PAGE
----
Susan’s Thursday morning note October 17, 2019 Excerpt on Mental attitude by Elbert Hubbard (Including account of his final moments before death on ship Lusitania 1915)
Good morning! What peace my angel of dawn is handing through the curtains this morning. Peace. Fall. Those words seem to fit together on perfect mornings. Days that we don’t wish we were elsewhere. When the smell of harvest is everywhere, the moon is large, the sky on fire with the red fire of dawn. There is one old book from my mom’s bookshelves that I pull out sometimes when I need to have something worth thinking about in my head. When I don’t have the mental capability to concentrate on an entire book. This treasure was published in 1906 & has the feel and smell of an OLD book. Love that look and smell! Thoughts That Inspire by George Knox. This book is full of quotations by subject collected over 100 years ago.
Following is an excerpt under “Mental Attitude” by Elbert Hubbard. He had a printing press in New York (Roycroft Press) and drowned with his wife on the sinking of the ship Lusitania in May 1915. A survivor of the event wrote to their son with the information that when the couple knew they would not survive they were seen calmly entering an empty room on the ship, shutting the door, not wanting to part in the water as they died.
Hubbard’s excerpt on attitude:
Whenever you go out of doors, draw the chin in, carry the crown of the head high, and fill the lungs to the utmost; drink in the sunshine; greet your friends with a smile, and put soul into every hand-clasp. Do not fear being misunderstood, and never waste a minute thinking about your enemies. Try to fix firmly in your mind what you would like to do, and then without violence of direction you will move straight to the goal. Keep your mind on the great and splendid things you would like to do; and then, as the days go gliding by, you will find yourself unconsciously seizing upon the opportunities that are required for the fulfillment of your desire, just as the coral insect takes form the running tide the elements it needs. Picture in your mind the able, earnest, useful person you desire to be, and the thought you hold is hourly transforming you into that particular individual. Preserve a right mental attitude – the attitude of courage, frankness, and good cheer. All things come through desire, and every sincere prayer is answered. We become like that on which our hearts are fixed.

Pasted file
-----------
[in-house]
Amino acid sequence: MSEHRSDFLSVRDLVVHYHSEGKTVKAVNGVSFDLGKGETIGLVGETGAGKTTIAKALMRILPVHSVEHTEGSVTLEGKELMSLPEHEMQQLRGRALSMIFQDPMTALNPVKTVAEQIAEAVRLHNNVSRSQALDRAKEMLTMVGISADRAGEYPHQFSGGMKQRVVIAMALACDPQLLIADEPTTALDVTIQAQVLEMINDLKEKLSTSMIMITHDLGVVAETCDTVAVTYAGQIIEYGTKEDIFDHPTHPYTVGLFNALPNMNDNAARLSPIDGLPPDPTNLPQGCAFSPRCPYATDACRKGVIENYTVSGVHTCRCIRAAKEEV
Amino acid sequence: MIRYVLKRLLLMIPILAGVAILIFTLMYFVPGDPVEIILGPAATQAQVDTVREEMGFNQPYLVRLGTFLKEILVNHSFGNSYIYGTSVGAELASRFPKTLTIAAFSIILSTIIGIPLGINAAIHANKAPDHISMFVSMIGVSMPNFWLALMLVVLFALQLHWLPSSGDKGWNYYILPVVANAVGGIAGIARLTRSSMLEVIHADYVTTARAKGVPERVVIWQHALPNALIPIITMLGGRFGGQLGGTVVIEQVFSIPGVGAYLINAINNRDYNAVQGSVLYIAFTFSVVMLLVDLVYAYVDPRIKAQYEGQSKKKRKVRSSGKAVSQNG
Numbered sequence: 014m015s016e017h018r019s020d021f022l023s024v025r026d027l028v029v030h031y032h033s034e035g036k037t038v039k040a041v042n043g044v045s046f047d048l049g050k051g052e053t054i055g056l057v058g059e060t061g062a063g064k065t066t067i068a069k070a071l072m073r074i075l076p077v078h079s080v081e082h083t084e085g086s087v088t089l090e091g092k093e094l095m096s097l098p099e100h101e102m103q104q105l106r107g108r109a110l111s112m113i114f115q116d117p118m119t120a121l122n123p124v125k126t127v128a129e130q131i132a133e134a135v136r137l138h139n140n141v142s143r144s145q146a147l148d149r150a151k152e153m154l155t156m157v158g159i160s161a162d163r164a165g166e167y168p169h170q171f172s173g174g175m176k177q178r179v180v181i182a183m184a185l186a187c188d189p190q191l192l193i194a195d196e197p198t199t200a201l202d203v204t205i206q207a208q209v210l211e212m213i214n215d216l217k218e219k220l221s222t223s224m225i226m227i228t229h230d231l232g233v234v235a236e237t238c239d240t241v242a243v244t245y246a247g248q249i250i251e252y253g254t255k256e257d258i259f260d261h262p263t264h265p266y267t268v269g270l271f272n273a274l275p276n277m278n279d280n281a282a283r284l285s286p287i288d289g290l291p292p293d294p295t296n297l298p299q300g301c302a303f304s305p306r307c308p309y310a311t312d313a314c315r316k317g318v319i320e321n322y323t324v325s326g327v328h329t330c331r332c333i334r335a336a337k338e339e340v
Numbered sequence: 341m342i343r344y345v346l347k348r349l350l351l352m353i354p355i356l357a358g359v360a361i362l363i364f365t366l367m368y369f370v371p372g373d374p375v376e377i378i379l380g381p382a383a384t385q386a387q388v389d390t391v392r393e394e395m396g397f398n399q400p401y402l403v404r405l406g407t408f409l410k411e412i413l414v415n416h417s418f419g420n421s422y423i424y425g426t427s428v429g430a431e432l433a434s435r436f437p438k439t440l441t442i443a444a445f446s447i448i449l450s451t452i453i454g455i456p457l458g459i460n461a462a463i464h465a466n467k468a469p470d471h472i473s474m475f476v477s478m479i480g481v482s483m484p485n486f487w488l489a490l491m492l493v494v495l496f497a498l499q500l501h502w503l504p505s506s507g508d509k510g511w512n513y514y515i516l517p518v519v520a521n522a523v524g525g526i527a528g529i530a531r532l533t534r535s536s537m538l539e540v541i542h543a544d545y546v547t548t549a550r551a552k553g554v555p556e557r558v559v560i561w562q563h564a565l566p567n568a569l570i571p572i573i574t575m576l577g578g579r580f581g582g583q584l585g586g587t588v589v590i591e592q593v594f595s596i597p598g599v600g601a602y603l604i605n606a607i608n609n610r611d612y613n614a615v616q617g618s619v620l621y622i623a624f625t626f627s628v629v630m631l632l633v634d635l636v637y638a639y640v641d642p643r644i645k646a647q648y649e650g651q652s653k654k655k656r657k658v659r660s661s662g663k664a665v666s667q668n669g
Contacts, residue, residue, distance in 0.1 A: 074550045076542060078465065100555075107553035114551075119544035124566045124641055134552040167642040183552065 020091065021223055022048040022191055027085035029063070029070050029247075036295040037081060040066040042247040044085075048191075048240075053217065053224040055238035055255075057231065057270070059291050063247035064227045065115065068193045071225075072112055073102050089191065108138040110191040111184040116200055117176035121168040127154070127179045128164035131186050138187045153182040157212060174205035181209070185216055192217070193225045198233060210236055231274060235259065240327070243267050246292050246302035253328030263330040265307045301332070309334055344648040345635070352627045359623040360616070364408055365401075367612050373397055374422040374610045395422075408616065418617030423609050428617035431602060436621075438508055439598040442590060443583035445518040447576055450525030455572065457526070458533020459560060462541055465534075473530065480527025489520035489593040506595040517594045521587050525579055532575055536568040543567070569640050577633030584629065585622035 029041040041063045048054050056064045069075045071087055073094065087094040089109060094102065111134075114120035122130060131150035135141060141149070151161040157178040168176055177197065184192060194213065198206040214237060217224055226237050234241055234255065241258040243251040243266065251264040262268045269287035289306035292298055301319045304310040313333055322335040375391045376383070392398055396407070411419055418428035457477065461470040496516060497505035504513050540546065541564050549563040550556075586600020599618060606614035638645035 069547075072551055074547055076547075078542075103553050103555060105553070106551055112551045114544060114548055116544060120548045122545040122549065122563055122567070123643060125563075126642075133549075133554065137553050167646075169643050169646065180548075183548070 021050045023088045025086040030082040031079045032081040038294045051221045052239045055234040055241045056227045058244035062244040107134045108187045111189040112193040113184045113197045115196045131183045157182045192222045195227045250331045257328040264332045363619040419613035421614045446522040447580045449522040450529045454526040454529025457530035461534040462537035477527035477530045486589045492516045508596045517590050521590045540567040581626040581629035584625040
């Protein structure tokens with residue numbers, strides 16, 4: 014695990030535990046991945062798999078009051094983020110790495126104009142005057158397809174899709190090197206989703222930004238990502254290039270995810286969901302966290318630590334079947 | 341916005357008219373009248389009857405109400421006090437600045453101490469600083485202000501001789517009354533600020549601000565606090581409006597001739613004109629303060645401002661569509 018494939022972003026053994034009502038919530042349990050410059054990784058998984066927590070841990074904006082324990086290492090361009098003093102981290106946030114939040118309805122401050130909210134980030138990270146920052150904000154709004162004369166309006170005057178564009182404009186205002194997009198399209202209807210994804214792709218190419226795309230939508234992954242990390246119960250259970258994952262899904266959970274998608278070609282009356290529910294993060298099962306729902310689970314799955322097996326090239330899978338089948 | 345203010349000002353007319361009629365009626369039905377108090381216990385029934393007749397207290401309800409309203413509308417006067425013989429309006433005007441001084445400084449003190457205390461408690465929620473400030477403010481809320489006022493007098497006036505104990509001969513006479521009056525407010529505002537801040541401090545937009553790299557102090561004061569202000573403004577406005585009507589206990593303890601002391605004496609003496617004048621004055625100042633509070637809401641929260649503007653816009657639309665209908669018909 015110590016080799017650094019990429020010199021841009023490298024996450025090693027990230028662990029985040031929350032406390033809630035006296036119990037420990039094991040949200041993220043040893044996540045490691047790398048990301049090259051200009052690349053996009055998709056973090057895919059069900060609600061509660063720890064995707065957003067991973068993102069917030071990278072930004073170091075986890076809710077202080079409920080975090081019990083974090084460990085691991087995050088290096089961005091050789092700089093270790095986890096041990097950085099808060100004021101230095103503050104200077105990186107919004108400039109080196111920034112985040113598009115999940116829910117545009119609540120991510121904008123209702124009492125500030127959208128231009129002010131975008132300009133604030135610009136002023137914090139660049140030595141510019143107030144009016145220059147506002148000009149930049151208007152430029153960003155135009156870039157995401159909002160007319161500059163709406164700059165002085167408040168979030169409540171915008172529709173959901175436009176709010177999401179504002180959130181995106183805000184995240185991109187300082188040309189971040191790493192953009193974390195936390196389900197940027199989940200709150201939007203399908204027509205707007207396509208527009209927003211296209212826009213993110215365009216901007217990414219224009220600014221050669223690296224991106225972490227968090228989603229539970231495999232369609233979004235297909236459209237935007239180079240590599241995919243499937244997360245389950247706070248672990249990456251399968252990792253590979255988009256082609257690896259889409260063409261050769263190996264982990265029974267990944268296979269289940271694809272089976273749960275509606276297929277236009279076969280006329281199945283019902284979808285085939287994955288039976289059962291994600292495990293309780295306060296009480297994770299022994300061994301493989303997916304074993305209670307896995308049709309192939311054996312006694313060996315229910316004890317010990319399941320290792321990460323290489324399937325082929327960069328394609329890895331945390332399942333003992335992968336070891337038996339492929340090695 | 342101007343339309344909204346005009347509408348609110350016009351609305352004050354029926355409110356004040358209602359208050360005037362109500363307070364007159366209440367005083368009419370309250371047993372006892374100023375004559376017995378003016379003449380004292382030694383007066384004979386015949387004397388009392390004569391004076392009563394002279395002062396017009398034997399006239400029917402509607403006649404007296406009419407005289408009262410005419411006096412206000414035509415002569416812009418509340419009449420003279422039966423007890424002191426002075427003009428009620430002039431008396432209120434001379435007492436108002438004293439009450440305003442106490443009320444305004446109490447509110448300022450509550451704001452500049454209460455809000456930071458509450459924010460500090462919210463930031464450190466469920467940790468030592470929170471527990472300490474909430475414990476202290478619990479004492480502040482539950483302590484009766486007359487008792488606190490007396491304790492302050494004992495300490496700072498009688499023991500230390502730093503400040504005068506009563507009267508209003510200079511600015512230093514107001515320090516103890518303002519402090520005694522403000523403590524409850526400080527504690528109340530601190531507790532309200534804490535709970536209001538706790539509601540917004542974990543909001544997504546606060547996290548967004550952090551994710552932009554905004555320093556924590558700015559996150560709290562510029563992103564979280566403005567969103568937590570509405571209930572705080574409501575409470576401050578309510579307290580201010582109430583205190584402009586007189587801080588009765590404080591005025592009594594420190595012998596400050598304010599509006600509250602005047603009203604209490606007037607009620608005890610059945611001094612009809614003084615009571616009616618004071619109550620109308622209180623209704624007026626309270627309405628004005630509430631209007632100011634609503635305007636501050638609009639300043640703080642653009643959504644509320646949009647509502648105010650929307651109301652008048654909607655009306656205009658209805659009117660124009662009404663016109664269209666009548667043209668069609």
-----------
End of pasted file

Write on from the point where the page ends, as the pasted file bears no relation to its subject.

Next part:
Carry your chin in and the crown of your head high. I have ordered his book entitled Elbert Hubbard’s Scrap Book: Containing the Inspired and Inspiring Selections Gathered During a Life Time of Discriminating Reading for His Own Use. Doesn’t that sound good? Below are more quotes that he collected (published originally in 1923). What inspired him. What thoughts he filled his mind with. Who he respected. We learn by going back. Reading what those that inspire us read.
Genius may have its limitations, but stupidity is not thus handicapped.
He who does not understand your silence will probably not understand your words.
Know what you want to do, hold the thought firmly, and do every day what should be done, and every sunset will see you that much nearer to your goal.
Never explain – your friends do not need it and your enemies will not believe you anyway.
One machine can do the work of fifty ordinary men. No machine can do the work of one extraordinary man.
Reversing your treatment of the man you have wronged is better than asking his forgiveness.
To avoid criticism, do nothing, say nothing, and be nothing.
I loved his line, “Whenever you go out of doors lift your chin up, carry the crown of your head high.” My mom would say, “Put on your red lipstick and stand up straight…” as her main advice before entering the world or an important meeting. How often I’ve thought of that simple advice. Go out. I can also picture Anne of Green Gables – walking with pride down a street with her nose stuck up in the air. Possibly haughty to some onlookers, but from her perspective – taking the next step with her head held high. Don’t you love that scene? (And, if you don’t know of the scene, I pity you!)
Have a great Thursday. I am so glad you have been able to run over – to see what is new and find gifts and great books in our store. Don’t be overwhelmed with life today. Never forget the promise that if you will look up to the hills in prayer you will be given a peace that you will not understand. Just a drop to your knees. Such a short distance. Peace. Thank you for letting me send you my notes. I hope I’m working when you come in the store! Go, take on your day. Lift your chin up & carry the crown of your head high. Susan
Latin for this week:
Quam bene vivas refert, non quam diu – The important thing isn’t how long you live, but how well you live. (Seneca)
Hubbard, Elbert. Elbert Hubbard’s Scrap Book: Containing the Inspired and Inspiring Selections Gathered During a Life Time of Discriminating Reading for His Own Use. Gretna, LA. Pelican Publishing Company. (First published in 1923).
Knox, George. Thoughts That Inspire. Des Moines. Personal Help Publishing Co. 1906.